NOVEMBER 22, 2011
By Sara Morano ’14, Contributing Writer
“The shelves of Wal-Mart will be empty!”
Just hours after the Congressional Super Committee announced it would not meet a midnight deadline for cutting $1.2 trillion from the federal debt, Peter Schiff, global strategist and Chief Executive Officer of Euro-Pacific Capital, was speaking on campus Monday night about the implications of the debt crisis.
The Thanksgiving holiday and the nominal opaqueness of his subject resulted in a modest crowd of about 60 students, professors and community members in the Watkins Room.
The hour-long program defied expectations of a dry and inaccessible discussion on one of the most complicated problems in current politics, however, and Schiff’s arguments informed and stirred chuckles from the thin crowd.
The successful international investor’s apocalyptic predictions for Wal-Mart came at the conclusion of a discussion of the sustainability of the United States’ trade deficit with China.
Schiff reasoned that growing debt will force the U.S. to restructure, rather than repay, devaluing the dollar and restricting the country’s ability to import the Chinese-made goods that stock Sam Walton’s retail giant.
Other pointed thoughts on cell phones and tight-fitting pants served, as did Schiff’s Wal-Mart comment, to illustrate his economic ideas in a way that avoided his use of such terms as “PE ratios,” “T-bills” and “basis points,” which peppered but by no means dominated the lecture.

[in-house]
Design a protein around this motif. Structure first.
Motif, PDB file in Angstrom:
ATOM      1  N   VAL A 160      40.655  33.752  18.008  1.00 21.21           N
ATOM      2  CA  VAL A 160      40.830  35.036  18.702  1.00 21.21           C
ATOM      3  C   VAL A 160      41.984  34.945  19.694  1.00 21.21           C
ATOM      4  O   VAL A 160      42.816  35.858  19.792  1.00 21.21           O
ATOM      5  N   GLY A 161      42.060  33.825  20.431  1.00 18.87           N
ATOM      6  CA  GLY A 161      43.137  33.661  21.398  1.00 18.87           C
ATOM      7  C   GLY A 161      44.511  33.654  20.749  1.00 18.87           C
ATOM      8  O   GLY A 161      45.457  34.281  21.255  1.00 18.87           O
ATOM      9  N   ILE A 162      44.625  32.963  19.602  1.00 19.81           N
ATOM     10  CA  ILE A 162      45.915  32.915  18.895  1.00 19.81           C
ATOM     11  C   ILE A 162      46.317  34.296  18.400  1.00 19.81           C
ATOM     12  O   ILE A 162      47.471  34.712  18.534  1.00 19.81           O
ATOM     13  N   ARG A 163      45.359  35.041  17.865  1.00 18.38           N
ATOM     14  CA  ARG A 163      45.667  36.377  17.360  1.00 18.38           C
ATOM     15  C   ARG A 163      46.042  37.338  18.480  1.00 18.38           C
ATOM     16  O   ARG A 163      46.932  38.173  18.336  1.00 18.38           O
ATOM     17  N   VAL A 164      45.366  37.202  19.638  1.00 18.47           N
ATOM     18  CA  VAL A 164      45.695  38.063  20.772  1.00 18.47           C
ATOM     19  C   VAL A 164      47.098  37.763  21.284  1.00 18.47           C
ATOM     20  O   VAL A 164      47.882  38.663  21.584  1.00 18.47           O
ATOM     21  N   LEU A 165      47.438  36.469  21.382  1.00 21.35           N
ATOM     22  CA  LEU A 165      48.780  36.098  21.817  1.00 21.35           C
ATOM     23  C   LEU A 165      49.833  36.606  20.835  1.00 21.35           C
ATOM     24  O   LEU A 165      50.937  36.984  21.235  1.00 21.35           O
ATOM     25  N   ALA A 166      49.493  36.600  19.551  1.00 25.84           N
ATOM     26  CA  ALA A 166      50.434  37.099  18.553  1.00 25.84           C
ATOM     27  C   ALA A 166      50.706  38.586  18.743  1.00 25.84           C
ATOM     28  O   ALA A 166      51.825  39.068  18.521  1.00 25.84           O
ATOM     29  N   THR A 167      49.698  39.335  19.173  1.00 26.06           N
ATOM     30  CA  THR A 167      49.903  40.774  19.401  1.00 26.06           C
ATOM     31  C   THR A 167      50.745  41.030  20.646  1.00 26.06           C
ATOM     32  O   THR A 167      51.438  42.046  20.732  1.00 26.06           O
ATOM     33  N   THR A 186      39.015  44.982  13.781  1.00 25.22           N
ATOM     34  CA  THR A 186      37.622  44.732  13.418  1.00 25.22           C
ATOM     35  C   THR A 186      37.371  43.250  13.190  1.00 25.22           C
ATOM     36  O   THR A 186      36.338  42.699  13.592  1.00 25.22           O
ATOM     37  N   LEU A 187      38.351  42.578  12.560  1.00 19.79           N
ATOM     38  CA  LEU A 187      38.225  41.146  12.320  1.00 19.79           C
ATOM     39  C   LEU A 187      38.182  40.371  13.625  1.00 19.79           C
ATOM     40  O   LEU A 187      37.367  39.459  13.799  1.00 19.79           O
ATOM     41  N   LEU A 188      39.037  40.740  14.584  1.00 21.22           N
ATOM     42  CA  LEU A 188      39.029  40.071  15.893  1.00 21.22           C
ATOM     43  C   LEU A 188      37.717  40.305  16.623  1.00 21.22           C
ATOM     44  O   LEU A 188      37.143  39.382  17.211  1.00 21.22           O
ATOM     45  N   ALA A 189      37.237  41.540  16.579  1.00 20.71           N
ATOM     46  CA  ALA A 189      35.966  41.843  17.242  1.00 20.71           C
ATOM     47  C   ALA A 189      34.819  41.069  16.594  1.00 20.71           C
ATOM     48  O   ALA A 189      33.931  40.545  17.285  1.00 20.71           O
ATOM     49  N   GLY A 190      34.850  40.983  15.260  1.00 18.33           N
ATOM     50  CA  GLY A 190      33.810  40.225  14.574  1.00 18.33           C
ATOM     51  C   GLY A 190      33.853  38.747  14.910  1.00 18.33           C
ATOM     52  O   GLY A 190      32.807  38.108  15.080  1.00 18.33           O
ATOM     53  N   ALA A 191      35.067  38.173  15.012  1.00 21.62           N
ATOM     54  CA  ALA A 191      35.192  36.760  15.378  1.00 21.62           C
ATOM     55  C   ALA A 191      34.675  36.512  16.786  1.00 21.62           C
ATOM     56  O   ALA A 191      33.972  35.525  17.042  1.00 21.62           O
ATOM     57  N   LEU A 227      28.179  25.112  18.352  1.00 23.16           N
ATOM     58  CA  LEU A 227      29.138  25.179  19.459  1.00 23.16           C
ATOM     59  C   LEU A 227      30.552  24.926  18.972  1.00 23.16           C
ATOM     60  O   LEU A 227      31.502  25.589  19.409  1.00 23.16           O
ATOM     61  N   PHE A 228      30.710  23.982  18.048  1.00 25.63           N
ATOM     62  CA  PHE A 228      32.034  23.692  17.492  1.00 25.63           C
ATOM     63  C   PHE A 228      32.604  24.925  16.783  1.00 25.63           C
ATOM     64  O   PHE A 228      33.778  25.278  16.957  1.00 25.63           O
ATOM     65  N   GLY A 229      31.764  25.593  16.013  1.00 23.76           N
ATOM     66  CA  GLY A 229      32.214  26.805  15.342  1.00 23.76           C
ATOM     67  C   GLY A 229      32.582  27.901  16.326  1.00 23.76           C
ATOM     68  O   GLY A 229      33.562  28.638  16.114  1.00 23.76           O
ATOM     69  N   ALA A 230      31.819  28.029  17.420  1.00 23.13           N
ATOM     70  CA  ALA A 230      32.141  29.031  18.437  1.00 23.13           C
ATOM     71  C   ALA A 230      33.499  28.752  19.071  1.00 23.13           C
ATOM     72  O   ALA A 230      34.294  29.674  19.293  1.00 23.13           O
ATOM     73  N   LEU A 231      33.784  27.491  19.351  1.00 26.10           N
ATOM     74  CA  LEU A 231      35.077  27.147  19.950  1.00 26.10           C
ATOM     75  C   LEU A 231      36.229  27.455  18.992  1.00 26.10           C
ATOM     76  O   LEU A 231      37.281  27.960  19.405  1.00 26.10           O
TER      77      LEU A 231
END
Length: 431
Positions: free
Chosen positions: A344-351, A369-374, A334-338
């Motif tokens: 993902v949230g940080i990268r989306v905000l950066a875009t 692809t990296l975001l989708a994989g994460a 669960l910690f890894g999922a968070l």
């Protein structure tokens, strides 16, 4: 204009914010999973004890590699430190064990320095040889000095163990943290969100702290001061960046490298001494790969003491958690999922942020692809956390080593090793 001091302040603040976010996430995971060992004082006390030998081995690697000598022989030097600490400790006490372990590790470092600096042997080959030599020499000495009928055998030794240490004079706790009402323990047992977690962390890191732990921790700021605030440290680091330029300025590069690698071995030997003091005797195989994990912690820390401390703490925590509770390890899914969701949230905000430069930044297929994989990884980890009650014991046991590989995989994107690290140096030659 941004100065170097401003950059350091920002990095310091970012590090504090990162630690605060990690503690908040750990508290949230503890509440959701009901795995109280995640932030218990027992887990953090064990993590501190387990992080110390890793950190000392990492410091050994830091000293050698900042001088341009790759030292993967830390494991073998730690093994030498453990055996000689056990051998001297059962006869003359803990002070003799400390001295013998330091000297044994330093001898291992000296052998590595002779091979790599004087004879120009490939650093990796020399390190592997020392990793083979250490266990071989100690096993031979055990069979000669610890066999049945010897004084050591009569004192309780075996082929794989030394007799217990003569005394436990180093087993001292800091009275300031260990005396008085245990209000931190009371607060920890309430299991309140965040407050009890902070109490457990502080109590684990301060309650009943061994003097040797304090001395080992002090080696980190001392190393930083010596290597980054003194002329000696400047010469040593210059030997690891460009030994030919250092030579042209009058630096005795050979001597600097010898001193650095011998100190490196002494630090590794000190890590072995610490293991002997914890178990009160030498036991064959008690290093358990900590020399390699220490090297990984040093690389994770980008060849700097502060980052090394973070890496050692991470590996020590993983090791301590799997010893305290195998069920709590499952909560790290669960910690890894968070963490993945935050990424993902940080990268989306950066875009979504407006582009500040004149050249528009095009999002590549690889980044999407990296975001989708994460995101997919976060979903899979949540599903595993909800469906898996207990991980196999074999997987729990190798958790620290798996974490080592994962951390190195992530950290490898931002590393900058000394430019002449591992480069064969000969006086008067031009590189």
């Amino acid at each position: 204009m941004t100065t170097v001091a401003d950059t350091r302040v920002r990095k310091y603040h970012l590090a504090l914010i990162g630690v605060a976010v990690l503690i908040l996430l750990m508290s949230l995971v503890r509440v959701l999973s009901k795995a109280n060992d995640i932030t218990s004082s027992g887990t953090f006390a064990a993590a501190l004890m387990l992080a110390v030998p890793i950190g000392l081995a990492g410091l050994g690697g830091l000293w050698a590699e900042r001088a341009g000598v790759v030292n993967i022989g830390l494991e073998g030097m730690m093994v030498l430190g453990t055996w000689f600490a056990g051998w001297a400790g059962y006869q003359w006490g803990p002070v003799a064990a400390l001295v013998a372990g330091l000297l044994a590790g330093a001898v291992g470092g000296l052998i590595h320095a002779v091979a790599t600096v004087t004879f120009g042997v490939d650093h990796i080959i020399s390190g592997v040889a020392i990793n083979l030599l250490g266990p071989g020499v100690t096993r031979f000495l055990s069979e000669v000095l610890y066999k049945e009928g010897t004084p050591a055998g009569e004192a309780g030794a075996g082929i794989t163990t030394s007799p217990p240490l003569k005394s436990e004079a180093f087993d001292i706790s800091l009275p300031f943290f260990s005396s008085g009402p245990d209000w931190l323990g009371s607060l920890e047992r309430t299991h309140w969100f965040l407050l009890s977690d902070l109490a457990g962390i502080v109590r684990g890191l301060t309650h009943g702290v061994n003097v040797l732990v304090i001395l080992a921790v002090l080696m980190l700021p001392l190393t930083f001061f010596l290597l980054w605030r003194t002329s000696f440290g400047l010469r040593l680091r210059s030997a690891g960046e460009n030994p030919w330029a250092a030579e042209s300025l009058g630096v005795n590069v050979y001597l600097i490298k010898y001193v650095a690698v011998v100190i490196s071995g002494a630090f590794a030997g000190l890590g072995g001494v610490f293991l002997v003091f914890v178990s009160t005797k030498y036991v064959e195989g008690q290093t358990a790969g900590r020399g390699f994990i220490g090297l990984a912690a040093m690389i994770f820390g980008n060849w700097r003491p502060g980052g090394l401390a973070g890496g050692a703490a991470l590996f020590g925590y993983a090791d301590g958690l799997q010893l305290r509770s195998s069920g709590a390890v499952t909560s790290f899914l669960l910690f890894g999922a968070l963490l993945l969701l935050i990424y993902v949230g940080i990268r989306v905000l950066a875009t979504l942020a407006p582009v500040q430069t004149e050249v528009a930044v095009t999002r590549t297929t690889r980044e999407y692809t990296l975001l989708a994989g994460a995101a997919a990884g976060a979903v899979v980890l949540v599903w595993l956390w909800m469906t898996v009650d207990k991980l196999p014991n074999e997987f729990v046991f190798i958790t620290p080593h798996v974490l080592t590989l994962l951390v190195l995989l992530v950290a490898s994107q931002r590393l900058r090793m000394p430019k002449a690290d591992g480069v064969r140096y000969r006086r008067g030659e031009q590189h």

Schiff’s overall forecasts were characteristically grim. At the peak of real estate prices in 2006, he earned the nickname “Dr. Doom” for predicting a coming collapse in the housing market.
During Monday night’s lecture he asserted there has been no real economic recovery and that the coming recession will entail high interest rates, rising food and fuel prices, and a decreased standard of living for Americans.
If Schiff’s predictions were dire, however, the solutions he proposed were simple.
“One of the good things about debt is counterbalance,” Schiff said. “It took me a long time to get dressed for this event because I couldn’t find pants that would close. I’m too cheap to go out and buy all new clothes; I’ve got to lose weight. We’ve been buying stuff from the world on credit for 40 years. The world’s biggest consumption binge is ending. We need to recognize the problem and allow real market-based solutions.”